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Jacob deGrom gets no help as Mets fall to Braves

Pitcher Jacob deGrom of the New York Mets

Pitcher Jacob deGrom of the New York Mets throws a pitch in the first inning during the game against the Atlanta Braves at Turner Field on June 19, 2015 in Atlanta. Photo Credit: Getty Images / Mike Zarrilli

ATLANTA - Even before his team stepped on the field Friday, Mets manager Terry Collins said it was "pretty obvious" that his sluggish team has been a step slow of late.

"In the NBA, when guys are tired, people go around them," he said. "Football when they're tired, people run by them. When you're tired in baseball, when you need that first step, when you need that hand-eye coordination that's just not there, it's quite obvious."

So perhaps it shouldn't have come as any surprise a few hours later, when the Mets looked wobbly legged and weary, powerless to stop the Braves from rallying for a 2-1 victory Friday night.

Once again, the Mets were betrayed by their shoddy defense, a persistent problem in the first three games of their road trip. Meanwhile, the lineup has scored just twice in that span.

All three games have ended in losses.

Somehow, the Mets (36-33) have maintained a slim lead over the Nationals in the NL East. But it won't last if the Mets continue leaking oil on their tortured road trip.

Jacob deGrom celebrated his 27th birthday by taking a shutout into the eighth inning. But he watched a slim 1-0 lead dissipate into the muggy air at Turner Field.

With two on and one out in the eighth, Gold Glover Juan Lagares misread Jace Peterson's liner to centerfield, charging at the ball before watching it sail over his glove.

Peterson's two-run double off lefty reliever Sean Gilmartin gave the Braves a 2-1 lead.

It happened partly because of another mental mistake earlier in the inning. With one out and a runner on third, shortstop Wilmer Flores fielded Pedro Ciriaco's grounder.

But he took too much time looking Andrelton Simmons back to third base, allowing Ciriaco to leg out an infield hit.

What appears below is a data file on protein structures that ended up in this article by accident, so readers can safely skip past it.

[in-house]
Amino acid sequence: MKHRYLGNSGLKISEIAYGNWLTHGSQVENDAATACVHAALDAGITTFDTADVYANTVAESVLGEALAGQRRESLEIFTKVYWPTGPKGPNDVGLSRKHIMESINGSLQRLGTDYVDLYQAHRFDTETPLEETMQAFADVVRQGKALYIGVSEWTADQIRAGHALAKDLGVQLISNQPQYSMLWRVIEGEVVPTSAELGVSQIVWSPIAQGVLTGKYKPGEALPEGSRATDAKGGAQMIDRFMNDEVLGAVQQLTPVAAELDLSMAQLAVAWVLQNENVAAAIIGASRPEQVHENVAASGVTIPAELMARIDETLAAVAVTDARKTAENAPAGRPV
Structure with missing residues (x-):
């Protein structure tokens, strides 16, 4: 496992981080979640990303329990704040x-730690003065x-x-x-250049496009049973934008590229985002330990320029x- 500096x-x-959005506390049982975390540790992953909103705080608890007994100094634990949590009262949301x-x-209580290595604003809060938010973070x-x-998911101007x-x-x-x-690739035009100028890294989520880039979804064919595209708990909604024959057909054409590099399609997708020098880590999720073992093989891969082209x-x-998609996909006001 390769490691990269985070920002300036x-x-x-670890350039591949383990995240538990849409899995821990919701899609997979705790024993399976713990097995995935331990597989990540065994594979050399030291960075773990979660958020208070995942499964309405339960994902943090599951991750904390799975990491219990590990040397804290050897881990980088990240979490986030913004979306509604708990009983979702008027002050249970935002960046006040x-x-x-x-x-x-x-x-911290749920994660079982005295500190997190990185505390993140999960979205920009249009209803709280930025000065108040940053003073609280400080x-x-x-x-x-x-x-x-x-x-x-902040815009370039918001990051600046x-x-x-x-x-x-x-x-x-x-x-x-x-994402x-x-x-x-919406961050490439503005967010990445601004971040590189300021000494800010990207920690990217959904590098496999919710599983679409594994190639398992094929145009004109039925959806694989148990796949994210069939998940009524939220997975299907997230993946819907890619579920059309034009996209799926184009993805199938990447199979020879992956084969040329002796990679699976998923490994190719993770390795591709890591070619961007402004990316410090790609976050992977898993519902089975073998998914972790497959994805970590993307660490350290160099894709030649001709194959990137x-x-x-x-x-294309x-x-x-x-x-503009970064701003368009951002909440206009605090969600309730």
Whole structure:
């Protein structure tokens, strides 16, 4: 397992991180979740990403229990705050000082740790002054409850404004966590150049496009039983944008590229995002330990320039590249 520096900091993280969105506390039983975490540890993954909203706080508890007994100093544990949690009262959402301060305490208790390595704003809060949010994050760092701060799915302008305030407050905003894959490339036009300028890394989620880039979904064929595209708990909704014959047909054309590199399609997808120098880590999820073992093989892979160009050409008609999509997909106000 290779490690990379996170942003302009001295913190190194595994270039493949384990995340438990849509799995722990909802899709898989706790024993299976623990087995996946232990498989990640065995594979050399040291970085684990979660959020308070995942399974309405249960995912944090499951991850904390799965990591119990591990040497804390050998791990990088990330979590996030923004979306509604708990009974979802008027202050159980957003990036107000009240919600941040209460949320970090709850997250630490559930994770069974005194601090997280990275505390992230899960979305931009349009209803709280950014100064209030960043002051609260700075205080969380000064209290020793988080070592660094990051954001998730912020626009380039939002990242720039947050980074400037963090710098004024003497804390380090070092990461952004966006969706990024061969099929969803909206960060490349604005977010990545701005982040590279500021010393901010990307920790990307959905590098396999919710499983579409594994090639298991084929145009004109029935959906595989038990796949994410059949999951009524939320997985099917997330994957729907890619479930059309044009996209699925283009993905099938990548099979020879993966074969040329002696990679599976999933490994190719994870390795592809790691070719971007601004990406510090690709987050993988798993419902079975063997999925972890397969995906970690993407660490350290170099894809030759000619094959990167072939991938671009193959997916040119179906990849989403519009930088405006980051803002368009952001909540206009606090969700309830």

That set the stage for Peterson's clutch hit.

The runs were charged to deGrom, who departed following Ciriaco's infield hit, which came on his 97th pitch. In 7 1/3 innings, deGrom (7-5) allowed two runs, further improving his chances of carving out a spot on the National League All-Star team.

But the Mets lineup managed only modest success against Matt Wisler, the Braves' top pitching prospect who held the Mets to one run in eight innings in his big-league debut.

To ward off what he called sluggishness, and preserve energy on a muggy 89-degree day, Collins cut batting practice short. It made little difference.

The Mets cobbled together a run in the sixth to take a 1-0 lead.

Ruben Tejada led off by doubling off the fence in left-center, then advanced to third on a Lucas Duda groundout.

Michael Cuddyer knocked in Tejada with a chopper that bounced high over the head of the third baseman Chris Johnson, who got burned for playing in on the grass.

It was the only run allowed by Wisler, the highly touted prospect acquired from the Padres in a blockbuster trade for closer Craig Kimbrel and outfielder Melvin Upton Jr.

Until the eighth, the only hint of trouble for deGrom came in the fourth inning, when Curtis Granderson dropped Johnson's routine fly ball in shallow rightfield for a two-base error.

Johnson reached third when deGrom bounced a pitch past catcher Kevin Plawecki. But deGrom bounced back to strike out A.J. Pierzynski.


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